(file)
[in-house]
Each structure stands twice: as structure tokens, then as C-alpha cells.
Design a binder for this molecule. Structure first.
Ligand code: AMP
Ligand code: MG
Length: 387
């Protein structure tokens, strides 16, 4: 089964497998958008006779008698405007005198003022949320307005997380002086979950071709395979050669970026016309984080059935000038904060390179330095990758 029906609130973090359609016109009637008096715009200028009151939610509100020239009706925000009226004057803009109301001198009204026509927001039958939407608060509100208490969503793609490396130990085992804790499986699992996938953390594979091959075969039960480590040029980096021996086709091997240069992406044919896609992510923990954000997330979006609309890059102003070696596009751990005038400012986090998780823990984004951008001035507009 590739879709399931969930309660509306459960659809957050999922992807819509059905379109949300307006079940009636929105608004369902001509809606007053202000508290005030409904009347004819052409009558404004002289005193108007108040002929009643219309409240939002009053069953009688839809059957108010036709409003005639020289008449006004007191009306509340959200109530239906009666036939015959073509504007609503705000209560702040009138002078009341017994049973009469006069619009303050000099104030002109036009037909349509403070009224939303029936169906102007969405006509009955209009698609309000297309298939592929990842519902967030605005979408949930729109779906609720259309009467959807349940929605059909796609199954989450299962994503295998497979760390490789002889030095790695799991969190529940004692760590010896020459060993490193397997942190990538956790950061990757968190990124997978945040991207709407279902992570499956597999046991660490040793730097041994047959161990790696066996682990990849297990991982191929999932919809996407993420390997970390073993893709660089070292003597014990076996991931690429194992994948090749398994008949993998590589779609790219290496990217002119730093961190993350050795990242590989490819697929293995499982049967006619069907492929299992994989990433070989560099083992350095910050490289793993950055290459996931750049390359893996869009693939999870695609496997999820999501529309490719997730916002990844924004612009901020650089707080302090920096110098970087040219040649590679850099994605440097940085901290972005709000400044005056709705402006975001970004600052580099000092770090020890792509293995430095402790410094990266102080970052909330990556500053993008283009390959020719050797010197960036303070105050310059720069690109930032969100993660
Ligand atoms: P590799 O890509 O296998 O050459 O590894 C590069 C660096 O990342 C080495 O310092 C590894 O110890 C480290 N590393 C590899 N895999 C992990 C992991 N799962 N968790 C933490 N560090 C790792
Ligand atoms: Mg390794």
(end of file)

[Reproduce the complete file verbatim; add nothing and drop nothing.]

[in-house]
Each structure stands twice: as structure tokens, then as C-alpha cells.
Design a binder for this molecule. Structure first.
Ligand code: AMP
Ligand code: MG
Length: 387
């Protein structure tokens, strides 16, 4: 089964497998958008006779008698405007005198003022949320307005997380002086979950071709395979050669970026016309984080059935000038904060390179330095990758 029906609130973090359609016109009637008096715009200028009151939610509100020239009706925000009226004057803009109301001198009204026509927001039958939407608060509100208490969503793609490396130990085992804790499986699992996938953390594979091959075969039960480590040029980096021996086709091997240069992406044919896609992510923990954000997330979006609309890059102003070696596009751990005038400012986090998780823990984004951008001035507009 590739879709399931969930309660509306459960659809957050999922992807819509059905379109949300307006079940009636929105608004369902001509809606007053202000508290005030409904009347004819052409009558404004002289005193108007108040002929009643219309409240939002009053069953009688839809059957108010036709409003005639020289008449006004007191009306509340959200109530239906009666036939015959073509504007609503705000209560702040009138002078009341017994049973009469006069619009303050000099104030002109036009037909349509403070009224939303029936169906102007969405006509009955209009698609309000297309298939592929990842519902967030605005979408949930729109779906609720259309009467959807349940929605059909796609199954989450299962994503295998497979760390490789002889030095790695799991969190529940004692760590010896020459060993490193397997942190990538956790950061990757968190990124997978945040991207709407279902992570499956597999046991660490040793730097041994047959161990790696066996682990990849297990991982191929999932919809996407993420390997970390073993893709660089070292003597014990076996991931690429194992994948090749398994008949993998590589779609790219290496990217002119730093961190993350050795990242590989490819697929293995499982049967006619069907492929299992994989990433070989560099083992350095910050490289793993950055290459996931750049390359893996869009693939999870695609496997999820999501529309490719997730916002990844924004612009901020650089707080302090920096110098970087040219040649590679850099994605440097940085901290972005709000400044005056709705402006975001970004600052580099000092770090020890792509293995430095402790410094990266102080970052909330990556500053993008283009390959020719050797010197960036303070105050310059720069690109930032969100993660
Ligand atoms: P590799 O890509 O296998 O050459 O590894 C590069 C660096 O990342 C080495 O310092 C590894 O110890 C480290 N590393 C590899 N895999 C992990 C992991 N799962 N968790 C933490 N560090 C790792
Ligand atoms: Mg390794």